Raed H. Charafeddine, the first vice-governor of the Lebanese central bank, said in a speech Thursday that the Arab Spring has presented the opportunity for serious reform within Middle Eastern governments, a change that he argued would be instrumental in solving some of the region’s long-standing economic difficulties.
Charafeddine said that while accounts of the Arab Spring, the series of revolts that have toppled authoritarian governments across the Middle East, have placed disproportionate emphasis on the movement’s political aspects, the economic changes ushered in as a result of new governments will have important—if unnoticed so far—consequences.
The recent revolutions have been a source of inspiration in the region, but the accompanying instability has also contributed economic uncertainty. As one of the leading causes of the Arab uprisings, economic decline remains one of the major issues facing citizens across the Middle East, said Charafeddine, who spoke at the Belfer Center for Science and International Affairs.
“It’s a vicious circle,” he said.
Charafeddine shies away from the use of “Arab Spring” to define the uprisings and prefers the phrase “Arab Awakening.”
“The region has the potential to emerge from the ‘Arab Awakening’ to the desired ‘Arab Spring,’ not ‘chaos’ or ‘winter’ or ‘mess,’” he said.
The protests across the region have now stalled somewhat, and it remains unclear what is to be done about the still-floundering economy. Charafaddine, for one, has a few suggestions.
Reestablishing investor confidence through foreign aid and domestic job generation will be central, Charafeddine said. But Charafeddine’s primary interest is short-term economic success in the region that might serve as a beacon of hope.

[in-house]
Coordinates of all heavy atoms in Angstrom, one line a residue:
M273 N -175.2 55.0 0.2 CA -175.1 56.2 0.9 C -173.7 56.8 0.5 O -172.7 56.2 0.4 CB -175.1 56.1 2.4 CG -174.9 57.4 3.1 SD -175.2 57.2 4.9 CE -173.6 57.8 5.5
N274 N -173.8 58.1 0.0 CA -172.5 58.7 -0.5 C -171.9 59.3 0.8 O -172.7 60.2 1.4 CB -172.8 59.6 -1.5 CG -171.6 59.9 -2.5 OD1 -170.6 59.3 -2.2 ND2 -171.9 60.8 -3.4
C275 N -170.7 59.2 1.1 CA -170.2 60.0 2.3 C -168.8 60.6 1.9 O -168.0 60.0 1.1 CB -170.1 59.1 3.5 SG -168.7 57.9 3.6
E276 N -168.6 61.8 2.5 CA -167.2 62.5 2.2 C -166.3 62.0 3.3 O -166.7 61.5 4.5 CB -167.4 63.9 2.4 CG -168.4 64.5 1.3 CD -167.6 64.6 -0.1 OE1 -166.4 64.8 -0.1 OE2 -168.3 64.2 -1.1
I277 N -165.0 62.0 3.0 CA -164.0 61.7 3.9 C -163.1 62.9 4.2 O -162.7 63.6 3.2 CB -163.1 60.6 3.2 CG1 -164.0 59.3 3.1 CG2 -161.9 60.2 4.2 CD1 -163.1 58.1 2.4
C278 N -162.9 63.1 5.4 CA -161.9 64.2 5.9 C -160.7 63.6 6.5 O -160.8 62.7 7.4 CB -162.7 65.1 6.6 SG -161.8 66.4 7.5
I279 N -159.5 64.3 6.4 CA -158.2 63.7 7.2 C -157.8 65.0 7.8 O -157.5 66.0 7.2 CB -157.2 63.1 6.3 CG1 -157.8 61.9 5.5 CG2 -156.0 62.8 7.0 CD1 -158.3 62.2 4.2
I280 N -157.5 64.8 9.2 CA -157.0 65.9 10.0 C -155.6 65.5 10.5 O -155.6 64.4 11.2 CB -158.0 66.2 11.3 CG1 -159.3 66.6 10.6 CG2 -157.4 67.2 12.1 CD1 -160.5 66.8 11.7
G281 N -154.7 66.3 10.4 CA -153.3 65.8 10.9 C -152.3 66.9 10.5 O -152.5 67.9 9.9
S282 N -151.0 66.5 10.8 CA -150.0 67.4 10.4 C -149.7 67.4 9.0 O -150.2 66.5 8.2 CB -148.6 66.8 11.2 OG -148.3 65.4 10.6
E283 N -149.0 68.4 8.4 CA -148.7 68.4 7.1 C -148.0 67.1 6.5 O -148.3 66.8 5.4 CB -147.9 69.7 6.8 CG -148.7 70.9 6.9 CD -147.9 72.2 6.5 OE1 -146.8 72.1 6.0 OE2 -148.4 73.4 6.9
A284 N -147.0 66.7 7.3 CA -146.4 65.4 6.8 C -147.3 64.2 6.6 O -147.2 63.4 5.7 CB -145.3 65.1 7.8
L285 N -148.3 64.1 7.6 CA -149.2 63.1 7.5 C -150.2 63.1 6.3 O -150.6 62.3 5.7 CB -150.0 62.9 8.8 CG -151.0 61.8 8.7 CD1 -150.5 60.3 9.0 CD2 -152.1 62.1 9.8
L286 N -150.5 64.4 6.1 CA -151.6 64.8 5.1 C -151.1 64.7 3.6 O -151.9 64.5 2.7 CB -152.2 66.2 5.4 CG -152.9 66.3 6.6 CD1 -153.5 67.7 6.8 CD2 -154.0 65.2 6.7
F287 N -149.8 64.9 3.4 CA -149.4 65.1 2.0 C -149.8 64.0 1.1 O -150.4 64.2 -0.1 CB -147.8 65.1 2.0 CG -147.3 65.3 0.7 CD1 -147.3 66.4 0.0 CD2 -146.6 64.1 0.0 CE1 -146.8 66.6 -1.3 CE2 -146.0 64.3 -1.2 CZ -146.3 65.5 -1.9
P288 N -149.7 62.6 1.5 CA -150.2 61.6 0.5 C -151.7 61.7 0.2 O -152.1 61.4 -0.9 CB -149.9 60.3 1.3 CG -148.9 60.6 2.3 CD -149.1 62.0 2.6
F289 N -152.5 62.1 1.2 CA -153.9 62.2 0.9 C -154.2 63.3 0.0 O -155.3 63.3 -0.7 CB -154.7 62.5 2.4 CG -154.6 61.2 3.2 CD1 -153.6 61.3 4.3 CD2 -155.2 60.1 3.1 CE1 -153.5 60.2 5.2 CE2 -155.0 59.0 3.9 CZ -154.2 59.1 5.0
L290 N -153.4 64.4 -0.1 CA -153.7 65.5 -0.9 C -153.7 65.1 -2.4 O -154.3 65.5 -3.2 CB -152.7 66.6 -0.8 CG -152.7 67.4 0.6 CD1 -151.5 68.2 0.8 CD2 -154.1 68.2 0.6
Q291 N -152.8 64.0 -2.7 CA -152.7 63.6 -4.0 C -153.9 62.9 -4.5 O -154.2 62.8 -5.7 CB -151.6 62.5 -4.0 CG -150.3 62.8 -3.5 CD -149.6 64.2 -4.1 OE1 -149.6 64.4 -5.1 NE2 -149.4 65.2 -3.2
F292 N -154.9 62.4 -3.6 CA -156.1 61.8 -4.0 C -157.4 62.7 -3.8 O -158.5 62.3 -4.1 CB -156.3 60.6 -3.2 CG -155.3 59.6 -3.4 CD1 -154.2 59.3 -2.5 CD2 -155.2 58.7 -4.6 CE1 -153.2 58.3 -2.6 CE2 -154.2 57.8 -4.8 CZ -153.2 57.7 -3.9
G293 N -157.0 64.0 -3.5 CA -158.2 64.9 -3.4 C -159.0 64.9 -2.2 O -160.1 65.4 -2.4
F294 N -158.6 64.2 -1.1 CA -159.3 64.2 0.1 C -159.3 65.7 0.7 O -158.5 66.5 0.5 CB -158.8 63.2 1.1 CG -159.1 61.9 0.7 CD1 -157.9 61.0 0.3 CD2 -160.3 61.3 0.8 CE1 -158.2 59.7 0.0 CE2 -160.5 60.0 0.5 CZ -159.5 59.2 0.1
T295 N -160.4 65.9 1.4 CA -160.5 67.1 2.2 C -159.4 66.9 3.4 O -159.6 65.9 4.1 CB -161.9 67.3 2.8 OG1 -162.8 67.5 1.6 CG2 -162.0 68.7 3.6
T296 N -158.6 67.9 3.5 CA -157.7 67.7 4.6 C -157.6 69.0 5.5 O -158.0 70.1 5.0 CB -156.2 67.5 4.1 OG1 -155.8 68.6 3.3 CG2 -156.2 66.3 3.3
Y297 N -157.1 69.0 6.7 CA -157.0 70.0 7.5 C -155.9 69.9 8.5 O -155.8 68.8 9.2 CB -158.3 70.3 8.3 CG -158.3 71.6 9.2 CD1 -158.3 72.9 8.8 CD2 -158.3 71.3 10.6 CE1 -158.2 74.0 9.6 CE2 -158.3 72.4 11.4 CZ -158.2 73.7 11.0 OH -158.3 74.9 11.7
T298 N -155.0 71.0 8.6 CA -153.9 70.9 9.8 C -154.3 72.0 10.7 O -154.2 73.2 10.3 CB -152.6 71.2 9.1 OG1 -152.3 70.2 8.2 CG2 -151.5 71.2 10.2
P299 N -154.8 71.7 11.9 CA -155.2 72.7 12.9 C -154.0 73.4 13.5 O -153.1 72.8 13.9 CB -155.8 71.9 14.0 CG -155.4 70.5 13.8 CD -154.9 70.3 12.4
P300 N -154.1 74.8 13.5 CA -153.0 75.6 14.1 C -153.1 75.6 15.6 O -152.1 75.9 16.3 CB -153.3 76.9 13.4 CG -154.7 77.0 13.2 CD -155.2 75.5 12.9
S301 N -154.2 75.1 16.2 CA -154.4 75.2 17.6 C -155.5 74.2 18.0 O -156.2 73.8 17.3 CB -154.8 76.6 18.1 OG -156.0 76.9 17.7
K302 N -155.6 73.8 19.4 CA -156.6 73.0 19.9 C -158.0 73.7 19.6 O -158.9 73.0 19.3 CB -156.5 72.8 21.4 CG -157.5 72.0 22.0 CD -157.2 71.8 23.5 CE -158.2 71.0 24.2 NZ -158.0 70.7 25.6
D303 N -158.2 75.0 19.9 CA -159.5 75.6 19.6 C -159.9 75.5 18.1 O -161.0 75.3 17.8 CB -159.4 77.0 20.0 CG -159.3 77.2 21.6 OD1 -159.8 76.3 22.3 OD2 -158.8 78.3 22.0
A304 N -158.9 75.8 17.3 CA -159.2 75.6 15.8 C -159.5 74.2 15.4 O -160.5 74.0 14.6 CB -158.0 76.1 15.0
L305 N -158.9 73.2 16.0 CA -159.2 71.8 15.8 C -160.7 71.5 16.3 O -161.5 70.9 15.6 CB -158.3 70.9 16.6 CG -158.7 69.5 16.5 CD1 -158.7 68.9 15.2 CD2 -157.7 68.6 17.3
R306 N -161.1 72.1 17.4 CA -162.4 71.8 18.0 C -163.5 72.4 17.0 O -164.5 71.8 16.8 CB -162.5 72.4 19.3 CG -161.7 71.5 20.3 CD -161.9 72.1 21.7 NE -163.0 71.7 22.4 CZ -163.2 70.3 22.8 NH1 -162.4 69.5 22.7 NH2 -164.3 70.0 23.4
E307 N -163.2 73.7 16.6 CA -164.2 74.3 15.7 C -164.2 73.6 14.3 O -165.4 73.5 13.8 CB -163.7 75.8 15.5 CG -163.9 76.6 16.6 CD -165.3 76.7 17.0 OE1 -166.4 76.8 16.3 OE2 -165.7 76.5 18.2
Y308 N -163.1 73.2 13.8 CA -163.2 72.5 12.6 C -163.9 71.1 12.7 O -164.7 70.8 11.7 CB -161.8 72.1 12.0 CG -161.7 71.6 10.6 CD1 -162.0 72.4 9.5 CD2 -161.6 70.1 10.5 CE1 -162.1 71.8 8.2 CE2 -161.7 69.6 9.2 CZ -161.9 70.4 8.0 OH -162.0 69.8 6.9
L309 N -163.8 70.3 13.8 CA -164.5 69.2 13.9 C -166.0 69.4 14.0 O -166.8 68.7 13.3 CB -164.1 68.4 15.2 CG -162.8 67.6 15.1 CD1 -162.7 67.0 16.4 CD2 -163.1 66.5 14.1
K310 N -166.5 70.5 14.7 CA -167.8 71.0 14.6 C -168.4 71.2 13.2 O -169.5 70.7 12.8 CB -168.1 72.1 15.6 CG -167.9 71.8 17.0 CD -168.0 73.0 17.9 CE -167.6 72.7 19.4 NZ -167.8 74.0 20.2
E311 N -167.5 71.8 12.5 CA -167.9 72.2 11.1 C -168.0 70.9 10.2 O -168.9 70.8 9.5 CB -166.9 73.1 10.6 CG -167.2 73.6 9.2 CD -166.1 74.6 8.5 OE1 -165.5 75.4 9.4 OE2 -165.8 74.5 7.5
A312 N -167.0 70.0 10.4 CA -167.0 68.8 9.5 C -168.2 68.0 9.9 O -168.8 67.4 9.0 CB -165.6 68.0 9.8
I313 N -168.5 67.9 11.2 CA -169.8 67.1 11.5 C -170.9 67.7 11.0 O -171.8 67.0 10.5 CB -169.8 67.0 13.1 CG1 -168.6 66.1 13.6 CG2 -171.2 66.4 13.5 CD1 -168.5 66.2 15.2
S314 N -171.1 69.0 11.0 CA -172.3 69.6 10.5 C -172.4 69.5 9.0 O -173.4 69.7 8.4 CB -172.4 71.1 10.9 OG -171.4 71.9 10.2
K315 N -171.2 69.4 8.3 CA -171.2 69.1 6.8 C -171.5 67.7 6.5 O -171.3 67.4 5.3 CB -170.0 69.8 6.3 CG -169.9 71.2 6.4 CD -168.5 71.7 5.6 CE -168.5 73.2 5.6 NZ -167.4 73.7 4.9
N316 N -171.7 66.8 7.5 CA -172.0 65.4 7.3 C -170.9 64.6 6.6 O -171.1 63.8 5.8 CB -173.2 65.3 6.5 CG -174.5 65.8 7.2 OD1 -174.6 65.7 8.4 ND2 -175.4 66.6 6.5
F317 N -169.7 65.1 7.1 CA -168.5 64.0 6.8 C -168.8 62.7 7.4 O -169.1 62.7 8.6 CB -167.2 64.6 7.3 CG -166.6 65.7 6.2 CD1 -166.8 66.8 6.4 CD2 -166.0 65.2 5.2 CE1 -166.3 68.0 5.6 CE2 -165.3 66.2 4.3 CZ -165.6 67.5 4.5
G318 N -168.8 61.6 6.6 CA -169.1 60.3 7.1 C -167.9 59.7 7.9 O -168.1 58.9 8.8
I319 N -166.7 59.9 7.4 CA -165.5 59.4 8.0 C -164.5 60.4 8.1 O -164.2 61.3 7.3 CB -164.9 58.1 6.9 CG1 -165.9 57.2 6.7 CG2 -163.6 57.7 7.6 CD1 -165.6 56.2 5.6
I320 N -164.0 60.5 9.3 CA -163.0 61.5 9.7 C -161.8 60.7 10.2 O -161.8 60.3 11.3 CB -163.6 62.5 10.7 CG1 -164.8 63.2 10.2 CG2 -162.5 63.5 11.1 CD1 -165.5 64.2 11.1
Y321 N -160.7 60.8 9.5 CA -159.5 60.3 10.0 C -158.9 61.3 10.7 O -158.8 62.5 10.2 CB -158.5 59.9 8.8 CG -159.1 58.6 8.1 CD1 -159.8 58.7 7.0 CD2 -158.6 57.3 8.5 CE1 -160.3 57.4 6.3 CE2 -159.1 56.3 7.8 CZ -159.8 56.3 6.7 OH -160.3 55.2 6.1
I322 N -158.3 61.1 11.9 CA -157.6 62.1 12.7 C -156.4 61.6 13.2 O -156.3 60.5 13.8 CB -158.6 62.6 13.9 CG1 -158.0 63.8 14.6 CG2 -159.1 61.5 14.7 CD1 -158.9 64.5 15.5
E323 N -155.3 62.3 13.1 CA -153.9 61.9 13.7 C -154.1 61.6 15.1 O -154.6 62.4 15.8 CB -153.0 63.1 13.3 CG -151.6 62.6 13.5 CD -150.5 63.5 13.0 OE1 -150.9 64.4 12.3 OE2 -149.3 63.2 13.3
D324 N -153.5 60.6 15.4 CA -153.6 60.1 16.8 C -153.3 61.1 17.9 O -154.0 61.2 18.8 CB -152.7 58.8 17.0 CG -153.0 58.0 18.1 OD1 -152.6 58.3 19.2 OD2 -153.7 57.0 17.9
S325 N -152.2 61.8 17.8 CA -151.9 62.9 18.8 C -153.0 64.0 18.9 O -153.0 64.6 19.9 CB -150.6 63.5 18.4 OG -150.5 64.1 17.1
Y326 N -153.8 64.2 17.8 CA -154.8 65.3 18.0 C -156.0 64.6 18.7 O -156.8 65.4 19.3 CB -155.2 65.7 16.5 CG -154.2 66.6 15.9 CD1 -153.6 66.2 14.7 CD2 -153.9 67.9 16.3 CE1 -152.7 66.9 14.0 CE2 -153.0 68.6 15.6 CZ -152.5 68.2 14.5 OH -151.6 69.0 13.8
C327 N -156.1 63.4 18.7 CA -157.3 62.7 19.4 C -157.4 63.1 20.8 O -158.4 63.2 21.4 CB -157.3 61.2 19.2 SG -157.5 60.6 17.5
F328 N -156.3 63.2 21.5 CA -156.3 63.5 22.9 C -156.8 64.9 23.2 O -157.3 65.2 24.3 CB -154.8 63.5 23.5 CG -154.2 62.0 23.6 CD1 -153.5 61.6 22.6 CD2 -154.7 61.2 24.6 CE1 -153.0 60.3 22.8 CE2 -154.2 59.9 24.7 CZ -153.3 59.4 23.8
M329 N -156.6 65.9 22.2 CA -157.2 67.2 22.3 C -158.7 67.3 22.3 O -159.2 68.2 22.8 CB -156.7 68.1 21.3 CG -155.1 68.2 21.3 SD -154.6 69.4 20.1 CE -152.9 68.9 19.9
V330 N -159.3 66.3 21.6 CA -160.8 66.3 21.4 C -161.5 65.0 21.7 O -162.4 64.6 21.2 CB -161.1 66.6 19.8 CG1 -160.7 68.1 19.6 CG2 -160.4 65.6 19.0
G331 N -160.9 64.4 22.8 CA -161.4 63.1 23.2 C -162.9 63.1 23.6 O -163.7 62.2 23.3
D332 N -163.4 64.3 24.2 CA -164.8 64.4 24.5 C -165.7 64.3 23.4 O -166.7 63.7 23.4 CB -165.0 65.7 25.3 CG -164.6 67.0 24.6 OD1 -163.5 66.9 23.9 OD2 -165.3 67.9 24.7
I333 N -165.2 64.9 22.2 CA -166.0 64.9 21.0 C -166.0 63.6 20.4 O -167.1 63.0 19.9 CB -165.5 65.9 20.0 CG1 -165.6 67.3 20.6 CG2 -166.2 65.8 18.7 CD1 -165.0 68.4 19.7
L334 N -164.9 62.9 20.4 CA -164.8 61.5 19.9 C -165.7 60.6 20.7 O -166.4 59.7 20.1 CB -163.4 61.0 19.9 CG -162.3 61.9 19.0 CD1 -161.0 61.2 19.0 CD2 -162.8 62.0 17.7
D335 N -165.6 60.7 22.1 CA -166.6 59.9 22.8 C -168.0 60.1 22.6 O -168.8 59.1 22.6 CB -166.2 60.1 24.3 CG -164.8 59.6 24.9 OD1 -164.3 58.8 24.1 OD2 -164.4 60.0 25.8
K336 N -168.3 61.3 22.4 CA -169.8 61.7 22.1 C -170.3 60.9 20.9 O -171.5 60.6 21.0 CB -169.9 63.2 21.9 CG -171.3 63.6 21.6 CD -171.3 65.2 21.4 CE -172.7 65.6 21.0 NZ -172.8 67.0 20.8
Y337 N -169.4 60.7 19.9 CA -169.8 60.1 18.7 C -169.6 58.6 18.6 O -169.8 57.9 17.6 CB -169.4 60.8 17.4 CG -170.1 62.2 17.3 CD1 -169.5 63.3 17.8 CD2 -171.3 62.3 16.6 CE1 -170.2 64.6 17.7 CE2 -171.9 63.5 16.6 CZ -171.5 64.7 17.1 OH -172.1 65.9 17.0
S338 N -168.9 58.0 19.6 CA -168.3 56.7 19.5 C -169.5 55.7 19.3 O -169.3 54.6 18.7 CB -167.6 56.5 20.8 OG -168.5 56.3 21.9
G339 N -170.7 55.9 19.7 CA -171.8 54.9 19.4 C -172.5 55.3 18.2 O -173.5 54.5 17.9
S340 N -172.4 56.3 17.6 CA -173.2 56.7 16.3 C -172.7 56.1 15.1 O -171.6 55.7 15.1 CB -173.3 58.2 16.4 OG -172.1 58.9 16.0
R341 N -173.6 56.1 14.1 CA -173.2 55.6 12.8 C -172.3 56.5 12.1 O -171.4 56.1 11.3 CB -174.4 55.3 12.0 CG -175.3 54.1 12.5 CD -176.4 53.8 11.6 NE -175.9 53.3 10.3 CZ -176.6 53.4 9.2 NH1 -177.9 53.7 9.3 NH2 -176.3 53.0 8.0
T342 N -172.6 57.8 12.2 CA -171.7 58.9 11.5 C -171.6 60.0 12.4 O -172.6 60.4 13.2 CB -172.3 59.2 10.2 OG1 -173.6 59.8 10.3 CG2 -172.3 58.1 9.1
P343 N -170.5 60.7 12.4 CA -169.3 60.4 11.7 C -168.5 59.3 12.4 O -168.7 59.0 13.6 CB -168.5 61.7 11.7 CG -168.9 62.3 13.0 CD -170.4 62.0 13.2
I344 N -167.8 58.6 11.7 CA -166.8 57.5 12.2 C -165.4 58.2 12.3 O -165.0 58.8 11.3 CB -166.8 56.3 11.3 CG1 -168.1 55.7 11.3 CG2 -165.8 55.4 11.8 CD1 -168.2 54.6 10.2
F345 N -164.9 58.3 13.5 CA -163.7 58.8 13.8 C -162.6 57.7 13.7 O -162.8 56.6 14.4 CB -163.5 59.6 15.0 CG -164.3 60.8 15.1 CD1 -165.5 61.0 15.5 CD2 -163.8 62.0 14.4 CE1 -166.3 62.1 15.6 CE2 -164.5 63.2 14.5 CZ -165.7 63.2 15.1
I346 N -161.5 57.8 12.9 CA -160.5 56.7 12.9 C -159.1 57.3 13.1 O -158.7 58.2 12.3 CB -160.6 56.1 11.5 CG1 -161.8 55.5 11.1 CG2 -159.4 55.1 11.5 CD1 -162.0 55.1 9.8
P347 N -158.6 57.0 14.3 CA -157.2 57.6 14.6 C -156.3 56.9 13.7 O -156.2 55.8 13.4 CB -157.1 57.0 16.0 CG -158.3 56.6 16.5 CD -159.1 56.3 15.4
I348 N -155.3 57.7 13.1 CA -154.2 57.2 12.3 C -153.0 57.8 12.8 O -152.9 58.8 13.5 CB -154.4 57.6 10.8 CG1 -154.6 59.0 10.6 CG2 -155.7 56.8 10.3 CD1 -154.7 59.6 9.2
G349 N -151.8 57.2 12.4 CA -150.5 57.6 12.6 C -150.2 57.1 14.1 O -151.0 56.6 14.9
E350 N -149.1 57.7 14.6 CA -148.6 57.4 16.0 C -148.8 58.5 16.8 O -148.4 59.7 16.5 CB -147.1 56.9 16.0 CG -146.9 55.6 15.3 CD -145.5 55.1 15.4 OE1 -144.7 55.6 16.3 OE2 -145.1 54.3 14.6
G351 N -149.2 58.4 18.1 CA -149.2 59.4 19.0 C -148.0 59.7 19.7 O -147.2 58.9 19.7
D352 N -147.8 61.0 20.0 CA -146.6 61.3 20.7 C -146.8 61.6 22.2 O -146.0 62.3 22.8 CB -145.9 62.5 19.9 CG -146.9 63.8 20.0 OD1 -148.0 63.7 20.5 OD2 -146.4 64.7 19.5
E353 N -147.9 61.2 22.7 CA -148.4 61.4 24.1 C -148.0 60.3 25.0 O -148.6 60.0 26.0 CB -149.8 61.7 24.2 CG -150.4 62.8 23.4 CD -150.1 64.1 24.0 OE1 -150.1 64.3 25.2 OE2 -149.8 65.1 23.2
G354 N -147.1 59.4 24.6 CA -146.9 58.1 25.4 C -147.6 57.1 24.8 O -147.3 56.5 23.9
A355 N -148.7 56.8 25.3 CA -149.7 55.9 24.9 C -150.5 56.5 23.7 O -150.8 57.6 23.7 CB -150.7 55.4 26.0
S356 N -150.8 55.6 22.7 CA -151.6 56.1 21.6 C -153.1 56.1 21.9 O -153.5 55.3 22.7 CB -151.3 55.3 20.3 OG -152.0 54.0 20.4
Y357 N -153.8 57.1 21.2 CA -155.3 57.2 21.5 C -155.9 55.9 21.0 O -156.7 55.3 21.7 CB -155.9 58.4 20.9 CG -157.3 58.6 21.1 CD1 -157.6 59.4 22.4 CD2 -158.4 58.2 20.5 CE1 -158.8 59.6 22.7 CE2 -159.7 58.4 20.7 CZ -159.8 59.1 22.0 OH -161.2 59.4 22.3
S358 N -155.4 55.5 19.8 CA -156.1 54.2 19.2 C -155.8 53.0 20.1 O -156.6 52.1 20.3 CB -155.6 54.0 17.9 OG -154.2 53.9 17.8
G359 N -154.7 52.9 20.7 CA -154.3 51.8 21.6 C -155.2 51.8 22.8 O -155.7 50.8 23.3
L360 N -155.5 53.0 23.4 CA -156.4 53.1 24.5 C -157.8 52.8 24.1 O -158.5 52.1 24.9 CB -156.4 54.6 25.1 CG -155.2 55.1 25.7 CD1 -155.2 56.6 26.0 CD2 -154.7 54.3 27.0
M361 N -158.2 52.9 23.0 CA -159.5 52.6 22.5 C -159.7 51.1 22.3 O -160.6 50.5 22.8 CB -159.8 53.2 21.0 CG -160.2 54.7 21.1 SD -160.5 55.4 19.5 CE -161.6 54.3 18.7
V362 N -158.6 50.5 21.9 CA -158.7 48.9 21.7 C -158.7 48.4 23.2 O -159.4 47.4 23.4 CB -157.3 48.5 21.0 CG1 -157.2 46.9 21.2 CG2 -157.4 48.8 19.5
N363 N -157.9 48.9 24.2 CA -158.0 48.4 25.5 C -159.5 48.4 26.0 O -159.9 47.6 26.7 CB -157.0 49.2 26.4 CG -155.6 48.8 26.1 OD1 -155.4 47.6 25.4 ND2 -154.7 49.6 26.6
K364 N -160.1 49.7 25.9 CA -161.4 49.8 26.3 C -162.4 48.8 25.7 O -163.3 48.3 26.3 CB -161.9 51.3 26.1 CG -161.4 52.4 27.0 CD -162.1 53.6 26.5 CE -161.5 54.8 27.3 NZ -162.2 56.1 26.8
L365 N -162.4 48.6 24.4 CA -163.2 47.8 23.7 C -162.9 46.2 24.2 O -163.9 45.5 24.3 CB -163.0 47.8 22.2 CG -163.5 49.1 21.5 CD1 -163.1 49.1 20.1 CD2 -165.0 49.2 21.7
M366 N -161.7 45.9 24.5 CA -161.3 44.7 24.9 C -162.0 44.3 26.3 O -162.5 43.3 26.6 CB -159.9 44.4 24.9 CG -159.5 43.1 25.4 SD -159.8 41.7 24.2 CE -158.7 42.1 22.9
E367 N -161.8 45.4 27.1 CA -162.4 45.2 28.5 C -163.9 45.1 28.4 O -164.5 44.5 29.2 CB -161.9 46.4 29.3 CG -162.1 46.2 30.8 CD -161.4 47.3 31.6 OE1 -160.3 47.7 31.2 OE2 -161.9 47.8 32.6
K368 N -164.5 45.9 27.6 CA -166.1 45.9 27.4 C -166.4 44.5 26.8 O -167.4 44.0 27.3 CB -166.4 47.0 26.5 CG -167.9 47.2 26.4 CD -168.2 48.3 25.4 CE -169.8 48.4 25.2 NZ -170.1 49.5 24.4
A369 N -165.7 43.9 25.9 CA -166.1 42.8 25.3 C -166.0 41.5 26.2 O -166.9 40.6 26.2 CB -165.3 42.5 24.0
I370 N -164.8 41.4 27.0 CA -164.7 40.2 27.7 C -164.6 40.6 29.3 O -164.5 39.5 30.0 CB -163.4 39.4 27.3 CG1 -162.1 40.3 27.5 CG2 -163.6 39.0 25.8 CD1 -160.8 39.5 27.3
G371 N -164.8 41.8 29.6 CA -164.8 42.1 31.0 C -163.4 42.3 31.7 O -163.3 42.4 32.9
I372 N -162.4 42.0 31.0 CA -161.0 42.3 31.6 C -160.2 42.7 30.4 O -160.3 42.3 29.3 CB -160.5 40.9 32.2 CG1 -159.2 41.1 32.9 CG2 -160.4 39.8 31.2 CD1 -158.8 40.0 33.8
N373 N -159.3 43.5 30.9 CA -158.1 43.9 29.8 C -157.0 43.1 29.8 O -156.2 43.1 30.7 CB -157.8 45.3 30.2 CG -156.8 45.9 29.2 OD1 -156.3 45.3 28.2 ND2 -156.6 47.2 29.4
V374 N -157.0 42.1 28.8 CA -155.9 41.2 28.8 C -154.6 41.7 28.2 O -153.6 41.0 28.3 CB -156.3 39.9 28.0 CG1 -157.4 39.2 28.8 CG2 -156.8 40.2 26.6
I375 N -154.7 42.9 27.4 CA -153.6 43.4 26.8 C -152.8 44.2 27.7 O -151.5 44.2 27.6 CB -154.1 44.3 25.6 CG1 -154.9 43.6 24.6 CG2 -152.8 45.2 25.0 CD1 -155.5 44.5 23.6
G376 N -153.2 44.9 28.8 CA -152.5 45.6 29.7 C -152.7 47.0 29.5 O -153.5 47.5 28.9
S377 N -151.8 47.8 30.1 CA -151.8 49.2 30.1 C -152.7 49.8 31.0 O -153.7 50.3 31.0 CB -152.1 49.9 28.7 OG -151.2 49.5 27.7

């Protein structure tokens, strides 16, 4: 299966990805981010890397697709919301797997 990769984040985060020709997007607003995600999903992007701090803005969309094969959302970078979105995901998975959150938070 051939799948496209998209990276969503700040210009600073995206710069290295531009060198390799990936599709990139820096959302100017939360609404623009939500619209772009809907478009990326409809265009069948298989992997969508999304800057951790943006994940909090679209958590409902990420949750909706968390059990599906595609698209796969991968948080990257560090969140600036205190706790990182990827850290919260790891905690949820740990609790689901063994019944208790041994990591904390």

Above all, Charafaddine emphasized the centrality of government reform across the region, which will, he said, lay the foundation for economic improvement. This time, the government must keep the people in mind, he said.
“Nothing is as constant as change, and today, change is essential for Arabs to claim the international acknowledgment they deserve,” said Richard J. Saliba ’15, who is from Lebanon.
But the issue is complicated by several challenges inherent to the region, Charafaddine said, not the least of which include deep-seated government corruption, a lack of economic diversification, and skyrocketing youth unemployment—issues that gave birth to the uprisings in the first place.
Although the G-8 summit last May promised up to $40 billion in aid to Egypt and Tunisia, little of that money has been delivered. Charafeddine said that foreign and non-governmental aid will be an important component in rebuilding, as both Egypt and Tunisia are currently in the midst of precarious transitions to democracy.
Charafeddine’s talk was part of the Belfer Center’s Middle East Initiative.